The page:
Forget Elon Musk, Here Comes Joe Biden

AP Photo/Carolyn Kaster

Did you see the town hall on ABC last week with that geezer the Democrats nominated for president? There are surely people out there — people who vote — who will be all excited about what we learned.

We almost missed it. Fortunately, there was a social worker in the audience, one Michele Ellison, who asked this Biden fellow what industries he had planned for Southwest Pennsylvania, and indeed the entire nation.

Wow! You talk about innovation! The world hasn’t seen political leaders stepping up to plan new industries and allocate capital among them since the Soviet Union collapsed in 1991. Apparently, this guy Biden was actually in the Senate at the time, and he remembers all of that. So he was ready.

If you’re like most Americans, you’re not used to having politicians do this kind of work. Our new industries tend to arrive by surprise, when somebody gets an idea in their head, tries it, and it turns out to be something people really like and want. The next thing we know, thousands of people have jobs making this new thing, and the guy who thought it up is filthy rich. And maybe even famous. A few of these people become household names: Bill Gates, Elon Musk, Steve Jobs, Jeff Bezos. Many people have heard of a few more, but don’t know much about them: Sergey Brin, Ray Dolby, Buckminster Fuller. In fact, there are thousands of such people, because virtually everything we have was invented by somebody.

Ideas that go on to become industries are for the most part serendipitous. We humans do not know the future in advance, so when an idea takes off and becomes ridiculously successful, it is virtually always because somebody got lucky. There do exist a very few individuals who demonstrate an amazing knack for guessing correctly about “what the world needs” even when it doesn’t yet exist, but such people are exceedingly rare. Thomas Edison, Akio Morita, Steve Jobs, and Elon Musk are about the only entirely new industry “repeat offenders” that I can think of in the last hundred years.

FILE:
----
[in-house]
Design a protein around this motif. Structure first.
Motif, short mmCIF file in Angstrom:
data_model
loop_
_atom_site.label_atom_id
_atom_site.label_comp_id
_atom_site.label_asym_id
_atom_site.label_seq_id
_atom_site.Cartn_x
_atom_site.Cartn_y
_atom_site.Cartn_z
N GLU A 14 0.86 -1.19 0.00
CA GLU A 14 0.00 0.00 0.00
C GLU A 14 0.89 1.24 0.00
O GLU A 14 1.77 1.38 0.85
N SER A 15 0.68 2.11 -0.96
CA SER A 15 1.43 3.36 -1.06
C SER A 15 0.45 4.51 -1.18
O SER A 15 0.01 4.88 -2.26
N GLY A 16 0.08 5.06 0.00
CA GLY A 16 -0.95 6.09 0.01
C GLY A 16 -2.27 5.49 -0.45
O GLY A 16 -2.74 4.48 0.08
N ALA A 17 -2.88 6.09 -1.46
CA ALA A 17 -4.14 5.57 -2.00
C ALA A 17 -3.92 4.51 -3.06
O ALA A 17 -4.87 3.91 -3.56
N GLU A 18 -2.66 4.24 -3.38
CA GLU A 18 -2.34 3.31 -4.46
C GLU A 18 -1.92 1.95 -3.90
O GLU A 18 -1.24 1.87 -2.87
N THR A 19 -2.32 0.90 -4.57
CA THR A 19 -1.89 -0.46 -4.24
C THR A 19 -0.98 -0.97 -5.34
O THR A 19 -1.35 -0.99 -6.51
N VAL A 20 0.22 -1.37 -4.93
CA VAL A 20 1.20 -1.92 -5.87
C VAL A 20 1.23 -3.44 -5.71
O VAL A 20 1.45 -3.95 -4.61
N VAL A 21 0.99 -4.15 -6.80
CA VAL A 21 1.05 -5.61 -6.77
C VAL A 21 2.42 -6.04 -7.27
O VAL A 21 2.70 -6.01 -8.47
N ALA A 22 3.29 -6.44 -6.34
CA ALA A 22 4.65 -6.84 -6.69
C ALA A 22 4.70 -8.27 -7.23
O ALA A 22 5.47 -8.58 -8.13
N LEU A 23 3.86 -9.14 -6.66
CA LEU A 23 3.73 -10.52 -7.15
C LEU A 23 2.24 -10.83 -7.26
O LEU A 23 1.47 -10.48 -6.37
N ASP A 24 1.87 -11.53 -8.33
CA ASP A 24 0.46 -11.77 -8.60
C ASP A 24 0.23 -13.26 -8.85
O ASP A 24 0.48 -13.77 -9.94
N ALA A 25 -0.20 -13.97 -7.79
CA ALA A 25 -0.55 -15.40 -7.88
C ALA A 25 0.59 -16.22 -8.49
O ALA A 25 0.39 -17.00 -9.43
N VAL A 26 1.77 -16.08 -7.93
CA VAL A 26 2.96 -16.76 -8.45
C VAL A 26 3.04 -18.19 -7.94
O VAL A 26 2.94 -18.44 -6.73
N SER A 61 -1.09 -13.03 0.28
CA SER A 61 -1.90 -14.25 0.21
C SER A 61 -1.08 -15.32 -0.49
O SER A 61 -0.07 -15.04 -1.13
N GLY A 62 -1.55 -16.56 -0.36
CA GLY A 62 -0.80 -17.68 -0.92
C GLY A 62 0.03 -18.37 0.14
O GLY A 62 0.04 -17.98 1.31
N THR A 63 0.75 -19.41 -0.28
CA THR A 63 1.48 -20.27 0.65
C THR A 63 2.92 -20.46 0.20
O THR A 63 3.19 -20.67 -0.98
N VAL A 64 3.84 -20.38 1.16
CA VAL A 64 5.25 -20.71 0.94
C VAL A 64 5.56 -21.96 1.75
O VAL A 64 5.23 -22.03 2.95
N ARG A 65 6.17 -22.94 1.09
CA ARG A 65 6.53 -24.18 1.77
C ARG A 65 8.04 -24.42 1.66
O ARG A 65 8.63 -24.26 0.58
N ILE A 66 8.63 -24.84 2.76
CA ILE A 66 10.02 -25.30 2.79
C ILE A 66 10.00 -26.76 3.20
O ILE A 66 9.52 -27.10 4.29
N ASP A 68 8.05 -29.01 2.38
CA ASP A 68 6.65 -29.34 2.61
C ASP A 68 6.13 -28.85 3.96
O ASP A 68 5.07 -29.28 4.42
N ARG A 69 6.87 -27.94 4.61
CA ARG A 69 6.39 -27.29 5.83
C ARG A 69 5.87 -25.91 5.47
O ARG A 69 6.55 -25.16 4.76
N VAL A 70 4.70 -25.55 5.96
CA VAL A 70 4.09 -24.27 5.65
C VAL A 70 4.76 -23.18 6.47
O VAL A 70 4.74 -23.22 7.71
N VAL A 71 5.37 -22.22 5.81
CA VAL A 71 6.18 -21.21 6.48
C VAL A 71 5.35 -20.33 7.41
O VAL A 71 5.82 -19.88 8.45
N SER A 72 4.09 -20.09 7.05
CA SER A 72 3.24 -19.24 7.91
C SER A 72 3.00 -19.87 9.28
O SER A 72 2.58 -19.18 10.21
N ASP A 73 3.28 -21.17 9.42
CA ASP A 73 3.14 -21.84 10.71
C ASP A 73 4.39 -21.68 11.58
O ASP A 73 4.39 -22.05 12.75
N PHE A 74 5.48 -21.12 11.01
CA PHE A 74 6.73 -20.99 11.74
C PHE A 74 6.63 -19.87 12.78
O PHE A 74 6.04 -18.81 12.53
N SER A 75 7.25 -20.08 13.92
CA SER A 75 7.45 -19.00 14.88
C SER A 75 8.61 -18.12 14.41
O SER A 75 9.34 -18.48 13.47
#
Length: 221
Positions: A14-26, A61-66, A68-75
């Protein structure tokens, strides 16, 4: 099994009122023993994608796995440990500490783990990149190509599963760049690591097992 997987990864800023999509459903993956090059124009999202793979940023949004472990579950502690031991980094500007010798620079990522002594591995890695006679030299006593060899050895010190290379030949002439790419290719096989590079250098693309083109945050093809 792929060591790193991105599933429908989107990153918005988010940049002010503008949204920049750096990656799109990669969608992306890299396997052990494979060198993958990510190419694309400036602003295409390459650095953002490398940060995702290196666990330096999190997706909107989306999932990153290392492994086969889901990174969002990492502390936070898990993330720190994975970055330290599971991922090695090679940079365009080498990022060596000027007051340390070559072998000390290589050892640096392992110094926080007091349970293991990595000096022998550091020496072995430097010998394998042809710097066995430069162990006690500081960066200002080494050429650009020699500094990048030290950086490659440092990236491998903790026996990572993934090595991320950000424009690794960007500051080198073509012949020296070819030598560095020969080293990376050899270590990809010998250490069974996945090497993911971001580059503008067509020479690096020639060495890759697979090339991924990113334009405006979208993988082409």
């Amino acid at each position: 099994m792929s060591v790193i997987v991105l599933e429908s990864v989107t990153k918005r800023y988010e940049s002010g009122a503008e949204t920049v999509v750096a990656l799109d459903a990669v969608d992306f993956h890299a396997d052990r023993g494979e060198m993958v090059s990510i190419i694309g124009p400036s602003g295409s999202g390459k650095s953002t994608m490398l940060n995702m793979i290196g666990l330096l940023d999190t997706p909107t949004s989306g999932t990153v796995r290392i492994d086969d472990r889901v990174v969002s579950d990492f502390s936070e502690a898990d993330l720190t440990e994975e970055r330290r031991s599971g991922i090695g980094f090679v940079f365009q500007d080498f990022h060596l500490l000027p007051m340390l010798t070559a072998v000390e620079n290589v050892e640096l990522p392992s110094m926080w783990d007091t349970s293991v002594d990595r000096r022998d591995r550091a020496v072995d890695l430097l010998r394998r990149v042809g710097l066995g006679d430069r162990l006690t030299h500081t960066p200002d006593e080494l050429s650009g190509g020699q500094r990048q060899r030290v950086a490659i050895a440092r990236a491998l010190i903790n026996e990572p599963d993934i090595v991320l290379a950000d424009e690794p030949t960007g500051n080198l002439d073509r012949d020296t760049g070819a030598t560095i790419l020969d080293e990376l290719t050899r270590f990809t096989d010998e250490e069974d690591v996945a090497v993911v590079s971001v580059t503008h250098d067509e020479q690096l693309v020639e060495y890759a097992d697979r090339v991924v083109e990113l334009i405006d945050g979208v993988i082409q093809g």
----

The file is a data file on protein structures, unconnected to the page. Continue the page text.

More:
So you can imagine the excitement when this guy on television the other night grabbed hold of Ms. Ellison’s question and began reciting all the new industries that he is going to invent. He’s going to create millions of jobs and everything! And best of all, unlike Elon Musk and the rest of these rich bastiges, he’s going to do it on a government salary!

If you’re like most people, you’re probably a bit skeptical that some politician in his late 70s, who hasn’t invented anything so far, is suddenly going to go off like a Roman candle, pumping out new inventions that turn into huge industries and employ millions of people from sea to shining sea… provided that we elect him to high office. It’s easy to see why you might have doubts.

Biden appears to have anticipated this: he laid out exactly how he is going to do it.

The Biden Plan for fostering new industries and creating the jobs of the future is simplicity itself. He is going to take the money that people like Elon Musk use to bootstrap their new ideas — take it right out of their hands so they can’t fund any more rocket ships or electric trucks — and invest it. And then he’s going to raise corporate income taxes — suck the money right out of them — and invest that as well. You know as well as I do what happens inside corporations when money gets tight: they cut the R&D budget, and they put in a hiring freeze. So instead of 3M doing R&D on magic adhesives that turn into Post-It notes, or IBM inventing a new approach for simulating molecules inside a quantum computer, we can have different things that politicians like Joe Biden think would be good. Plus we’ll have hiring freezes in all the big companies.

Democrats believe in this approach because, as a government official, Joe Biden will have better and more forward-thinking ideas than private actors like Elon Musk or IBM. Many people today have no memory of just how well government allocation of investment capital worked. That’s because the economies of the countries that were doing things that way collapsed. Alas, the knowledge of how well it was working was lost. That must be why so many of our young people look forward to trying it again.